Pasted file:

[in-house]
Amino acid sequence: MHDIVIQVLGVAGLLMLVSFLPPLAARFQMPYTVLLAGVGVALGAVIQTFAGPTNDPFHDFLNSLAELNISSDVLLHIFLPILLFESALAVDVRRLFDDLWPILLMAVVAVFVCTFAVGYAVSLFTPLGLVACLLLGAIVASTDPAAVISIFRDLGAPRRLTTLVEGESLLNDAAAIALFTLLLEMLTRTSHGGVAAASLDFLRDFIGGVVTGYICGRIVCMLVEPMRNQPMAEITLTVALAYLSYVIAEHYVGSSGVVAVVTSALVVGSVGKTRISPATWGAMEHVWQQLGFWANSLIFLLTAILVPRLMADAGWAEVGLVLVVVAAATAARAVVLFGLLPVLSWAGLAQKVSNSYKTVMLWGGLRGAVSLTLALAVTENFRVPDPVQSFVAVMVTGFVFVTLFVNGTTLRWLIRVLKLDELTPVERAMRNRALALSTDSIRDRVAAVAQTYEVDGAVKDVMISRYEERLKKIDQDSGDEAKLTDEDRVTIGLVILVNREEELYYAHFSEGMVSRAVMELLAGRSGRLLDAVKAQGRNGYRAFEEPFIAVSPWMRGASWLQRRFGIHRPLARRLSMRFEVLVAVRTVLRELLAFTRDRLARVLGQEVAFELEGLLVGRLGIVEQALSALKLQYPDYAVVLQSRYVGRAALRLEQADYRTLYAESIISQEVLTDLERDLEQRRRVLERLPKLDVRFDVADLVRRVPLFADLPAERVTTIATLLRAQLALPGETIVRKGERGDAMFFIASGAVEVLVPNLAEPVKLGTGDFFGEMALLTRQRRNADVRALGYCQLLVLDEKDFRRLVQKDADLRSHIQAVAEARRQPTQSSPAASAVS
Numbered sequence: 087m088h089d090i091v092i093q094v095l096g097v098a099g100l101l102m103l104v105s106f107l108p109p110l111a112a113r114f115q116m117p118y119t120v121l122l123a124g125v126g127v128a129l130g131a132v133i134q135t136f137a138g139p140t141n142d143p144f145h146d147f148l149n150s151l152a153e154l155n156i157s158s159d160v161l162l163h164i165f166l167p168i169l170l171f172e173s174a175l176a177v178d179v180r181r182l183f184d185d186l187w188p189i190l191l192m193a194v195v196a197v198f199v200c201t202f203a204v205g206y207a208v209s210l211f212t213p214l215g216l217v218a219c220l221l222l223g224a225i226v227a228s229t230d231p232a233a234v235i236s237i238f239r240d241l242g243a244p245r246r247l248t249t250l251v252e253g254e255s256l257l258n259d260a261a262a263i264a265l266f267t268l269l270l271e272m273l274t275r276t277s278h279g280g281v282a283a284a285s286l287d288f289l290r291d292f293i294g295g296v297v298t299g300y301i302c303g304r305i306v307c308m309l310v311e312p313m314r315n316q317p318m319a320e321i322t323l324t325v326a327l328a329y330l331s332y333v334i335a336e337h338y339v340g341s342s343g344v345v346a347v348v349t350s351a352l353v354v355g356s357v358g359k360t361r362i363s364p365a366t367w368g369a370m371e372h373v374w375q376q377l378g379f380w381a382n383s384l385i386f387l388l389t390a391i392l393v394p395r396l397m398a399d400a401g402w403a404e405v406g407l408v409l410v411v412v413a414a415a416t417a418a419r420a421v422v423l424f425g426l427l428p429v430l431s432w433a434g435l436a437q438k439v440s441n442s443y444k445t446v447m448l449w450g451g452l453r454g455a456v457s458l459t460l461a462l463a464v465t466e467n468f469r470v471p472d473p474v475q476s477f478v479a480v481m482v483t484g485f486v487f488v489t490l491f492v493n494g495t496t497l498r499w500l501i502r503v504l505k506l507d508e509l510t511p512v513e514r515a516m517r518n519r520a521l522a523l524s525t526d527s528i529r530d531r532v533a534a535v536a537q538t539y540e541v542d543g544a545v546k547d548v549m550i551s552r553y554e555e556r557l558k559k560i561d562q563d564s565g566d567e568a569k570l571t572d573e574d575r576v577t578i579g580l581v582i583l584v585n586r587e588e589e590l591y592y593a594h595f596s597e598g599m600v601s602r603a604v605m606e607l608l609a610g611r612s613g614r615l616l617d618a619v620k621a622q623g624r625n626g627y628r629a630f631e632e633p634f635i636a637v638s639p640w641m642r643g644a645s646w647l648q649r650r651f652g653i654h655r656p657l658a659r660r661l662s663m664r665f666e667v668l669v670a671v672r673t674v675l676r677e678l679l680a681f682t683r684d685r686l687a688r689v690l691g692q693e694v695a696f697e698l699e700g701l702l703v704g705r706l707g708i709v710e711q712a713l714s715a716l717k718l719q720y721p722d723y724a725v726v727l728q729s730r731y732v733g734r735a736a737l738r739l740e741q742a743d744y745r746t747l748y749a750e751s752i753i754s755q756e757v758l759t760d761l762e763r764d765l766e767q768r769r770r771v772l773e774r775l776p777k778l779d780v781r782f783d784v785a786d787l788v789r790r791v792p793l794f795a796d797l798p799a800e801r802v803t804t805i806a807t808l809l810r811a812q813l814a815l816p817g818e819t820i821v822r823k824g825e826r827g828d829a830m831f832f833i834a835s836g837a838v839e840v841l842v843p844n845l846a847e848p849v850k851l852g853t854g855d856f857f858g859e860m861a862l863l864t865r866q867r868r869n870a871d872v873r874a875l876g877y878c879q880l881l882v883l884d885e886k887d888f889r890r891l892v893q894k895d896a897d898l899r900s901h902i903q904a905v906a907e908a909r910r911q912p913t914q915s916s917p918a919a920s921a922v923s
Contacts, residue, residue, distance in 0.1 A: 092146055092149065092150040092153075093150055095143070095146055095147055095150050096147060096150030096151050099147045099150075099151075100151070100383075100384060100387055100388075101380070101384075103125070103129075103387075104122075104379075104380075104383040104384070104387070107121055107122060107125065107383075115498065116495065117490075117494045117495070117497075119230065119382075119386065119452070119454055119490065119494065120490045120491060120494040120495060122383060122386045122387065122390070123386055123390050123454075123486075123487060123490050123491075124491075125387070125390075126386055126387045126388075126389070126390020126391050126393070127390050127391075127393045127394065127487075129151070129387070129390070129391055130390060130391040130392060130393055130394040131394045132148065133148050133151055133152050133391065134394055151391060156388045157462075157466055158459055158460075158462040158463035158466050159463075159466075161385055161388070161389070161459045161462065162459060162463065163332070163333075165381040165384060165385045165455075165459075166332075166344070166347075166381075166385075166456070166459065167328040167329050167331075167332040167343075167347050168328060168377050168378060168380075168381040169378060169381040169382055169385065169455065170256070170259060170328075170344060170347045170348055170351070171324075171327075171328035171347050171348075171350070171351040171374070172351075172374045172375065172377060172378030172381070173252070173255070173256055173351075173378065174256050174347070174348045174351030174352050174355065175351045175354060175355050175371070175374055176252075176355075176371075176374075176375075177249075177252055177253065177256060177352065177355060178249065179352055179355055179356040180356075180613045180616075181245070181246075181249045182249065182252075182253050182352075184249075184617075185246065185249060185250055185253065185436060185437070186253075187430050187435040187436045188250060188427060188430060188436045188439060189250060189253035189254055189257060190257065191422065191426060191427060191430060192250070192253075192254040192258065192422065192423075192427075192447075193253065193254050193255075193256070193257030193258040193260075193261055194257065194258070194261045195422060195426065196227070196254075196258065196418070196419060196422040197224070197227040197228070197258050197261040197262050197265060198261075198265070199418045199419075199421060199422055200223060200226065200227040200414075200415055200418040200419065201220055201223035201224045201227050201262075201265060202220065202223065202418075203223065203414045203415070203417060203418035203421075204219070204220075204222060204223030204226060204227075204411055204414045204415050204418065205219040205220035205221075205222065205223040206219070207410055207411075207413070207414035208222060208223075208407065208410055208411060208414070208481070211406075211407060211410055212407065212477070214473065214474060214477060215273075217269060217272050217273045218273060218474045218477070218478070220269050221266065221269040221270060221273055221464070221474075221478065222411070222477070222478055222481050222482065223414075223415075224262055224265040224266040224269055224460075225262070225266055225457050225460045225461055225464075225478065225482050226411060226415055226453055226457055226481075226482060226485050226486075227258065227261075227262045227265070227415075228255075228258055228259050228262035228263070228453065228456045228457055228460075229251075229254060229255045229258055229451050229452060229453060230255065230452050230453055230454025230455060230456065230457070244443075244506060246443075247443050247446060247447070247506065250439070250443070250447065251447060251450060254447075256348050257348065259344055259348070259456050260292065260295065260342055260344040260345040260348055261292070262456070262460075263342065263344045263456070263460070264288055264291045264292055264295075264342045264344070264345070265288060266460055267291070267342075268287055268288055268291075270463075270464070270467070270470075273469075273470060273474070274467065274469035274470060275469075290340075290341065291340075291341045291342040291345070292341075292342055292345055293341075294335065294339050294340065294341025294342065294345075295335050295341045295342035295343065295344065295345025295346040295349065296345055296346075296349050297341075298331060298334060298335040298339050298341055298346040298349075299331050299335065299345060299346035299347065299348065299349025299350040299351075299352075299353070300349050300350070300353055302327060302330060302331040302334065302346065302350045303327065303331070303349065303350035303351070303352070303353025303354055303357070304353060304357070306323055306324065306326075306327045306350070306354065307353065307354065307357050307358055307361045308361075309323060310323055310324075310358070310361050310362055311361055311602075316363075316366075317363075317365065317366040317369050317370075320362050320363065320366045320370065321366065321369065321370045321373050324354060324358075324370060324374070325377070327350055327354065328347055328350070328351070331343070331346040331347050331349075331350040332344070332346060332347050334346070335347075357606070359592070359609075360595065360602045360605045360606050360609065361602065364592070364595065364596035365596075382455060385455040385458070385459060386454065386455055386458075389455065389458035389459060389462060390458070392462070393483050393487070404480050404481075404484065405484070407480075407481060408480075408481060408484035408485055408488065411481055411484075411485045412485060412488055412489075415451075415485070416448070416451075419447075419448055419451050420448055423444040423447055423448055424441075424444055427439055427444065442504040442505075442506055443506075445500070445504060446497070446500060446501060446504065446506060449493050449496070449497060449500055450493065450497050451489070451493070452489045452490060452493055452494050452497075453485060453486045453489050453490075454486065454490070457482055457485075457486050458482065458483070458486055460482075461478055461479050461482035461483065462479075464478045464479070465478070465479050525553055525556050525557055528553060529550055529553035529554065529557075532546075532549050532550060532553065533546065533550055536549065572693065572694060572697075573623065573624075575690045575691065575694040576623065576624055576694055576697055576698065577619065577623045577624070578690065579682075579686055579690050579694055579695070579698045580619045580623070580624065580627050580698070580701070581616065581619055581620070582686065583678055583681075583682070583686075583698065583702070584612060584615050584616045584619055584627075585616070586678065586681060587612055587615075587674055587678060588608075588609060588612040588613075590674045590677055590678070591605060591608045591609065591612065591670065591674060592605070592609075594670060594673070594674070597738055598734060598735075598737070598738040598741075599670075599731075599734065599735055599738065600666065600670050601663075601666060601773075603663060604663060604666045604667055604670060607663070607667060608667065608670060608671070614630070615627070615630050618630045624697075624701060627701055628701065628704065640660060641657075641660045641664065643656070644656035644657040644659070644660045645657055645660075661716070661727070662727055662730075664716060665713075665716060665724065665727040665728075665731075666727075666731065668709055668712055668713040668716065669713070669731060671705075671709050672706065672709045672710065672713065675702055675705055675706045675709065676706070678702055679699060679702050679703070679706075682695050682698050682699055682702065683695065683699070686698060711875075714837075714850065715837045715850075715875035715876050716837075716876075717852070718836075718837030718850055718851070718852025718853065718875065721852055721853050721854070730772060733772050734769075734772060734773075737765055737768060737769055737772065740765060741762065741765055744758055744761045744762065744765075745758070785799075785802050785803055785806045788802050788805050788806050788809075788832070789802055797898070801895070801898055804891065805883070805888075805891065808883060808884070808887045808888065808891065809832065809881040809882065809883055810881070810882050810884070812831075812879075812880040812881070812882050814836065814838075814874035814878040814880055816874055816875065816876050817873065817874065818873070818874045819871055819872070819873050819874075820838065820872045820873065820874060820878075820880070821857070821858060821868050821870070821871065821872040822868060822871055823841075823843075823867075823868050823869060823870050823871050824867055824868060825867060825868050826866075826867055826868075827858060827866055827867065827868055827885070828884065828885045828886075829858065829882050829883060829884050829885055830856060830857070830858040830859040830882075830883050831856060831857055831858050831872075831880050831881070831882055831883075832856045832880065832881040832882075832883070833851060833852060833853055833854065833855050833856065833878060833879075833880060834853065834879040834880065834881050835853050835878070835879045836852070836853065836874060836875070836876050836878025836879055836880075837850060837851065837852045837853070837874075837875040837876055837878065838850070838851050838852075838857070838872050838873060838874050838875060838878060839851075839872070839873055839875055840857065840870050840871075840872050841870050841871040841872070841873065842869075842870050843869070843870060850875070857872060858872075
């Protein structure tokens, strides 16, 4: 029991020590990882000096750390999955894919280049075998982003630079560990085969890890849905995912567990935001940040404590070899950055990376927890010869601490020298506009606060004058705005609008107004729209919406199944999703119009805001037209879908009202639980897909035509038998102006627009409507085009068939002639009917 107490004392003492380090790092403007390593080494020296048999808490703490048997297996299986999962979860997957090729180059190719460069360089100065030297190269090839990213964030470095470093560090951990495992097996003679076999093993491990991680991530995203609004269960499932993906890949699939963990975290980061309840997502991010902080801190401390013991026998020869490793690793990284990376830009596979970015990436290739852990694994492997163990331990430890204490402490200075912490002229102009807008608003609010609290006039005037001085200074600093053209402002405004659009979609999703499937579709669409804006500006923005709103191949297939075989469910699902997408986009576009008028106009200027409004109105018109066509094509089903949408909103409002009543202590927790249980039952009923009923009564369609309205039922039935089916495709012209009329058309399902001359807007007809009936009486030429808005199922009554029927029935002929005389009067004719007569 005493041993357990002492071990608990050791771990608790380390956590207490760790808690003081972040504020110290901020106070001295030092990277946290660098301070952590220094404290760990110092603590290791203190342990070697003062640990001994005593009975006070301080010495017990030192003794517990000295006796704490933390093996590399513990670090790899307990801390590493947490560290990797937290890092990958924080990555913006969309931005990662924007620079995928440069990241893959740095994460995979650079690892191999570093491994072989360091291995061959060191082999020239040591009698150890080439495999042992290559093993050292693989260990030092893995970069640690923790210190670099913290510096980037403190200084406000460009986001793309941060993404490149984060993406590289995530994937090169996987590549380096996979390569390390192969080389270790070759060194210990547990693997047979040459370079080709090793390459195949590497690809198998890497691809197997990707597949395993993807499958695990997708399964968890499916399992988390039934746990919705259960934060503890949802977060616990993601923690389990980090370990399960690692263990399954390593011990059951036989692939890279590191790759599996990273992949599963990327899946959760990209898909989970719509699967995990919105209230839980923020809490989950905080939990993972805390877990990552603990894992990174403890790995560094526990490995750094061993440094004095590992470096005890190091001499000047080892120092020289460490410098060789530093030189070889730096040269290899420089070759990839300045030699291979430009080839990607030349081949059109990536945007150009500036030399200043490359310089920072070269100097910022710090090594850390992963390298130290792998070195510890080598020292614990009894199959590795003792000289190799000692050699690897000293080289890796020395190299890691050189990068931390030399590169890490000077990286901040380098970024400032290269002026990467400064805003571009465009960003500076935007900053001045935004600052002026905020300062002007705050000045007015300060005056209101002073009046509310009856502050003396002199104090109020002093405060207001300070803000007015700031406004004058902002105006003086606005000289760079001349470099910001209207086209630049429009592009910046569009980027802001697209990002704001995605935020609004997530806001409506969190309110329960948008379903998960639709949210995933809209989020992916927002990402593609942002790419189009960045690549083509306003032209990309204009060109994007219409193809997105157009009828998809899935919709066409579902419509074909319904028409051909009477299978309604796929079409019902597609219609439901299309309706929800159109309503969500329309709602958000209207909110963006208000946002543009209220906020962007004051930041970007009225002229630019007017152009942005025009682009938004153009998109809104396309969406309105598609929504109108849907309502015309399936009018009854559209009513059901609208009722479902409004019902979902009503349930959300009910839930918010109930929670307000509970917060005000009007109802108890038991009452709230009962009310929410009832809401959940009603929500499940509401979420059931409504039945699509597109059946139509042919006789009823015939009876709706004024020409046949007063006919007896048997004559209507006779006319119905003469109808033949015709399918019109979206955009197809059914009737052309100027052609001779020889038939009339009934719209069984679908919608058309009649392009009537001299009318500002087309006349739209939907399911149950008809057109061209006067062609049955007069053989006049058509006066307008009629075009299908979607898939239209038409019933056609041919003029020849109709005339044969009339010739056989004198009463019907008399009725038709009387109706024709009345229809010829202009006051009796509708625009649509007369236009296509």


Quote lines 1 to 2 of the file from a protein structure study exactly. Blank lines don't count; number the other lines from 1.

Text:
[in-house]
Amino acid sequence: MHDIVIQVLGVAGLLMLVSFLPPLAARFQMPYTVLLAGVGVALGAVIQTFAGPTNDPFHDFLNSLAELNISSDVLLHIFLPILLFESALAVDVRRLFDDLWPILLMAVVAVFVCTFAVGYAVSLFTPLGLVACLLLGAIVASTDPAAVISIFRDLGAPRRLTTLVEGESLLNDAAAIALFTLLLEMLTRTSHGGVAAASLDFLRDFIGGVVTGYICGRIVCMLVEPMRNQPMAEITLTVALAYLSYVIAEHYVGSSGVVAVVTSALVVGSVGKTRISPATWGAMEHVWQQLGFWANSLIFLLTAILVPRLMADAGWAEVGLVLVVVAAATAARAVVLFGLLPVLSWAGLAQKVSNSYKTVMLWGGLRGAVSLTLALAVTENFRVPDPVQSFVAVMVTGFVFVTLFVNGTTLRWLIRVLKLDELTPVERAMRNRALALSTDSIRDRVAAVAQTYEVDGAVKDVMISRYEERLKKIDQDSGDEAKLTDEDRVTIGLVILVNREEELYYAHFSEGMVSRAVMELLAGRSGRLLDAVKAQGRNGYRAFEEPFIAVSPWMRGASWLQRRFGIHRPLARRLSMRFEVLVAVRTVLRELLAFTRDRLARVLGQEVAFELEGLLVGRLGIVEQALSALKLQYPDYAVVLQSRYVGRAALRLEQADYRTLYAESIISQEVLTDLERDLEQRRRVLERLPKLDVRFDVADLVRRVPLFADLPAERVTTIATLLRAQLALPGETIVRKGERGDAMFFIASGAVEVLVPNLAEPVKLGTGDFFGEMALLTRQRRNADVRALGYCQLLVLDEKDFRRLVQKDADLRSHIQAVAEARRQPTQSSPAASAVS